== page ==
Enterprise Solutions' new product sales were down approximately 5%. We saw growth in Virtualization and Automation and Identity and Access Management. This was offset by Service Portfolio Management and Service Assurance. Underneath these Service Assurance results, we saw growth in Application Performance Management that was offset by infrastructure monitoring. Finally, new service engagements were down slightly year-over-year.

Our renewal yield was just below 90%. We closed one transaction, a merger, that negatively skewed the results during the quarter. Excluding this transaction, the renewal yield would have been in the mid-90s. We continue to expect the 2012 renewal portfolio to be down approximately 15% year-over-year. For modeling purposes, please note that fourth quarter 2012 renewals face a difficult year-over-year comparison. This is due to a more than $500 million system integrator license agreement that was signed last year in our fiscal fourth quarter.

Looking at revenue backlog. Current revenue backlog was $3.6 billion, up 2% in constant currency and 1% as reported. Total revenue backlog was $8.1 billion, up 2% in constant currency and as reported.

From a non-GAAP perspective, non-GAAP operating income before interest and tax was $475 million, up 21% in constant currency and 23% as reported. For the quarter, our non-GAAP operating margin was 38%. Operating margins for Mainframe Solutions was 59%. Operating margins for Enterprise Solutions was 12%. This includes 4 points of continued investment in this segment. Finally, operating margin for Services was 11%. Non-GAAP diluted earnings per share was $0.65, up 28% in constant currency and 30% as reported, including a year-over-year $0.01 tailwind from currency. This quarter, EPS benefited from the previously mentioned license payment, operational improvements and our stock repurchase program.

Our effective non-GAAP tax rate for the third quarter of 2012 was 31.5%. Cash flow from operations in the quarter was $396 million, down 19% in constant currency and 20% as reported. Single installment payments were $107 million in the third quarter compared to $152 million in the previous period. Total billings backlog of $5 billion was up 7% in constant currency and 6% as reported. DSOs were essentially flat year-over-year.

Moving to third quarter GAAP results, third quarter operating margin before interest and taxes was 33%. GAAP operating income was $413 million, up 22% in constant currency and 24% as reported. And GAAP diluted earnings per share was $0.54, up 39% in constant currency and 42% as reported. Our effective GAAP tax rate for the third quarter was 34.9%.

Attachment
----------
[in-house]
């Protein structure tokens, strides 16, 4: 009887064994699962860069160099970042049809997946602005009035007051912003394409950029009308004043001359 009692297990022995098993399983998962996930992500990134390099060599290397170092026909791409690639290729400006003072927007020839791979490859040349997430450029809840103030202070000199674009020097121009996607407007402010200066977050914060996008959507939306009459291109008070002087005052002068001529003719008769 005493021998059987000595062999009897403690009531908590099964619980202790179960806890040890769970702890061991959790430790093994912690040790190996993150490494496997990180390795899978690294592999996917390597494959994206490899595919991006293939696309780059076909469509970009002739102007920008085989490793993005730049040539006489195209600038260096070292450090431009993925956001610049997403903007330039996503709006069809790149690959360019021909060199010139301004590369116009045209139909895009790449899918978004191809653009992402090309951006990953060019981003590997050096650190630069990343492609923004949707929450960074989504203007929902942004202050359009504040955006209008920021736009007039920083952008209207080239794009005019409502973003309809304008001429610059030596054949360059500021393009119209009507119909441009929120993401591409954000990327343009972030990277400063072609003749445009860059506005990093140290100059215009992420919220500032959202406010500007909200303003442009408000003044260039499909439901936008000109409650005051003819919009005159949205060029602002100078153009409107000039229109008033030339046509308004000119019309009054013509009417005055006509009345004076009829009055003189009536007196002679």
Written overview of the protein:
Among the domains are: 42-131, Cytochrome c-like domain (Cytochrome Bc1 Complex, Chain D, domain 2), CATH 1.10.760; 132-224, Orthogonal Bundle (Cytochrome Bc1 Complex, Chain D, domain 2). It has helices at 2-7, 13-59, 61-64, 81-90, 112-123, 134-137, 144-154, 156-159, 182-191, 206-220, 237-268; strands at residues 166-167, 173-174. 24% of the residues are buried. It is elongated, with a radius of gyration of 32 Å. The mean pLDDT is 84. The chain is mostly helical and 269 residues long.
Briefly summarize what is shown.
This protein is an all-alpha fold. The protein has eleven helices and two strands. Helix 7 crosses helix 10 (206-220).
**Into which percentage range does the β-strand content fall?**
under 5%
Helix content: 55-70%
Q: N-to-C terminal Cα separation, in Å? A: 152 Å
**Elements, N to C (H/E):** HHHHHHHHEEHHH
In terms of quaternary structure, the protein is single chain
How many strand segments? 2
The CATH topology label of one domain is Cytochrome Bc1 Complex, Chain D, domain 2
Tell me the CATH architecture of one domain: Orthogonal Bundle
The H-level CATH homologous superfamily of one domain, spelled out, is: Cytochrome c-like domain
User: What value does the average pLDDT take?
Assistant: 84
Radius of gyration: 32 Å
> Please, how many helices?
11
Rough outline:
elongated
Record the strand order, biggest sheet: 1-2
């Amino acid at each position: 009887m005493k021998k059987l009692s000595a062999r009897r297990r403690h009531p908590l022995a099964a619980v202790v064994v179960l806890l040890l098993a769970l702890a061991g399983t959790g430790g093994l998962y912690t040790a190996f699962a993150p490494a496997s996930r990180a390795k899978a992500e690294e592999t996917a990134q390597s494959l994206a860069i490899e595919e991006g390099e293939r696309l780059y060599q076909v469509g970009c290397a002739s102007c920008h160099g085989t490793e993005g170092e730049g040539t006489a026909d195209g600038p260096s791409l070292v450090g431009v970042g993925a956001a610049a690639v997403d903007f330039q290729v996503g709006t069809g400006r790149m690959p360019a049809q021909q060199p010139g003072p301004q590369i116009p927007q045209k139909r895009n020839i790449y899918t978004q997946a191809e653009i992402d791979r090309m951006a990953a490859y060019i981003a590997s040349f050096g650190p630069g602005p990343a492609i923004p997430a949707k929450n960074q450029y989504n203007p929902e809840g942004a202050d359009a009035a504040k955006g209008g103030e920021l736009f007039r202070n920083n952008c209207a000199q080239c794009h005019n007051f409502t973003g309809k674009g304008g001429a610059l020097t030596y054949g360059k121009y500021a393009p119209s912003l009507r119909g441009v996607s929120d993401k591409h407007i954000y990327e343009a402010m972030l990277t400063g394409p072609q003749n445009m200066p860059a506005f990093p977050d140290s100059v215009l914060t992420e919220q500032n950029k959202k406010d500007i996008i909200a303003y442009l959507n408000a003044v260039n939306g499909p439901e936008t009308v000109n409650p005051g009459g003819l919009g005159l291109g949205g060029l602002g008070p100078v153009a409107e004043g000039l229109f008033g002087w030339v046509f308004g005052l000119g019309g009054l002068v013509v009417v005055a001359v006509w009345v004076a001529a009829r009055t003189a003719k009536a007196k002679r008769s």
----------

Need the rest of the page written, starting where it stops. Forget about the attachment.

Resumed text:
Now moving to the balance sheet. We ended the quarter with approximately $1.1 billion in net cash. Between October 1 and December 31, we purchased approximately 9.6 million shares of stock for a total of approximately $200 million.

Now let me turn to fiscal 2012 guidance. As has been our practice, guidance is based on December 31 exchange rates. This includes a partial hedge of operating income and updates our expectations for share count. Guidance is the following: total revenue growth is now expected to be 6% in constant currency, at the high end of our previous range of 5% to 6%. This translates to reported revenue of $4.8 billion; non-GAAP diluted earnings per share growth in constant currency is now expected to be in the range of 11% to 13%, an increase from our previous range of 7% to 10%. This translates to reported non-GAAP diluted earnings per share of $2.21 to $2.25. GAAP diluted earnings per share growth in constant currency is now expected to be in the range of 11% to 13%, an increase from our previous range of 6% to 9%. This translates to reported GAAP diluted earnings per share of $1.86 to $1.90.

We continue to expect that cash flow from operations will grow at 3% to 5% in constant currency. This translates to reported cash flow from operations of $1.44 billion to $1.47 billion. Underlying this guidance, we expect our GAAP and non-GAAP tax rate to be 31% to 32% in this fiscal year. At the end of the year, we expect approximately 463 million shares outstanding and a weighted average diluted share count of approximately 486 million shares. This share count reflects the $500 million ASR under an agreement we expect to execute in the company's fourth quarter. We expect our non-GAAP operating margin to be a strong 34% for fiscal year 2012. And now, I will turn the call back over to Bill.

William E. McCracken

Thanks, Rich. I'd like to conclude by saying that our third quarter performance and positive operating momentum reinforce our belief that we have the right strategic plan in place. As I have said, we remain focused on execution and feel strongly that the initiatives we continue to pursue allow us to invest in our company's future, and at the same time, reward our shareholders.

And with that, Kelsey, let me turn it back to you.

Kelsey Doherty

Thank you, Bill. As the operator is polling for questions, I'd like to remind you on Tuesday, February 7 -- the Goldman Sachs technology conference in San Francisco on Wednesday, February 15. The Morgan Stanley 2012 Technology, Media & Telecom Conference in San Francisco on Tuesday, February 28, and the Raymond James Institutional Investor Conference in Orlando, Florida on Monday, March 5. In the interest of time, we ask you to please limit yourself to 2 questions. Operator, please open the call for questions.